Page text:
How the Paris withdrawal spells disaster... But only for us.


by Sander Gusinow  

Trump’s decision to exit the historic Paris climate agreement was easy to understand. Our delicate President wanted our allies to court him on the agreement, to stroke his ego and gain his favor (after all, why else would anyone want to be president?) but Trump's visit to the G7 summit was anything but a victory lap. He was mocked by the media, asked questions he was too much of a simpleton to answer, and dominated by French President Emmanuel Macron’s Kung-fu grip. 

Trump promised a better deal for the United States on Climate Change (whatever that meant) but Trump’s not actually any good at making deals, not with smart people. Instead of showing how paper-thin his dealmaking abilities are, he’s decided to pull out of the agreement like a frustrated five-year-old knocking over a board game he doesn’t know how to play. 

This move will have lasting, disastrous effects. But not for the Paris Agreement. With the vast majority of the world’s business and political leaders convinced of climate change, (because, you know, duh.) green energy, nuclear power, and natural gas are still very much the technologies of the future. What is now lost is the United State’s role as the world leader in culture and innovation. Within minutes of Trump’s decision, Europe and China reaffirmed their commitment to the agreement, hungry for the opportunity it was, to take a leadership role on the world stage. 

When you lead the world, you can lead it where you want. It is because of this global leadership that every decision made in the 20th century has been made with our interests firmly in mind. But now with Trump’s misplaced nativism, nations of the world will look elsewhere. The damage to our interests cannot be overstated, nor can the irreparable harm to our reputation. 

But is this such a bad thing? American leadership hasn’t exactly had the best track-record as leaders the global order. Ever since the fall of the Soviet Union we’ve installed dictators to advance our interests, devastated countries with oil wars, and failed to make peace anywhere and everywhere we’ve tried. The United States may have risen to hegemony because of their success in the Cold War, as a world leader, however, the United States been a bull in a china shop. Indeed, many signatories of the deal were relieved by the exit of the United States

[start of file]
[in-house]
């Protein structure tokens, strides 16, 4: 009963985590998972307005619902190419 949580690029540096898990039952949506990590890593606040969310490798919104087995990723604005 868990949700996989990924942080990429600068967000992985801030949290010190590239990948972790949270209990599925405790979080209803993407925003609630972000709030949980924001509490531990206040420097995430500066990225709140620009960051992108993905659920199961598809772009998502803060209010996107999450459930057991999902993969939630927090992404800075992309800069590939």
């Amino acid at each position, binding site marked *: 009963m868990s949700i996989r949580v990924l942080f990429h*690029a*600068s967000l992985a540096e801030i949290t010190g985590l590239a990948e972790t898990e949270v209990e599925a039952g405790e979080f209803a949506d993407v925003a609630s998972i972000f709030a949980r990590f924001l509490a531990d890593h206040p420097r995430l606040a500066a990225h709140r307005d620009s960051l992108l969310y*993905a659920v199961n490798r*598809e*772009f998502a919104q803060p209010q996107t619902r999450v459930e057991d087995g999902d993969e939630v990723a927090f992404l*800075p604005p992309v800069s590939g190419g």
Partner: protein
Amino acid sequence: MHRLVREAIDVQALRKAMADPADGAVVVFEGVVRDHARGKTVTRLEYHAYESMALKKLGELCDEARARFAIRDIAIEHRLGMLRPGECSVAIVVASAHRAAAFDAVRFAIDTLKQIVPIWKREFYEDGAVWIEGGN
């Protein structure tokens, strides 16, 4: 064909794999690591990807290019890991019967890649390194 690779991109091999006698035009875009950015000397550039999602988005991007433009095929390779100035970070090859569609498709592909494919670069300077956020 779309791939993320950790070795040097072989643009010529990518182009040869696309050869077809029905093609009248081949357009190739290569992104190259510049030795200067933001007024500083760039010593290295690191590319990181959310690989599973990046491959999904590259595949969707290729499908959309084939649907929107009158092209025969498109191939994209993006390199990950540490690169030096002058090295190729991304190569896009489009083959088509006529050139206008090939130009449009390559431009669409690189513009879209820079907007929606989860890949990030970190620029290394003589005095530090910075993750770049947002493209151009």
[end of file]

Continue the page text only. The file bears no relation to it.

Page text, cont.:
So why has the United States been such a lousy world leader? Perhaps it’s because, in every other election, our overly-religious Right elects a crooked buffoon to the presidency. Perhaps it’s because we still haven’t shaken the cold-war mentality, but with our Paris exit, the United States has finally face-planted in such splendid fashion that the world will no longer look to us as innovators of the future and hands the reigns to someone else all at the same time. 

There’s reason to hope, though. Indeed, it was Sweden and the Oslo Accords which got the Israelis and Palestinians the closest to lasting peace. Not our blundering. It was France who mounted the most successful modern anti-terrorist operation in Mali in 2013. Not our bomb-heavy, casualty-stricken ‘shock and awe’ operations. As for China, there might be some cause for concern, but the Chinese integrate more into the world economy day by day, and the Chinese government is increasingly populated by bright young leaders with a liberal Western education.  

It’s uncertain who will take up the reigns of global leadership in our absence, although it’s fairly evident who wants to. It’s possible that state leaders write climate change laws themselves, making our transition back to global leadership a smooth one. With our unrivaled economy, cultural influence, and technology sector, the United States could be in a position to lead the world again, but by the time we expel Trump’s toxic ichor from our system, we’ll have to play a lot of catch up...  And the question remains, will the rest of the world let us back in when we do? After all, we are the country who elected a slimy, bloviating con-artist over a former Secretary of State. For all the uncertainty, one thing is perfectly clear: If exiting this agreement proves to be our demise as a world leader, we will have no one to blame but ourselves.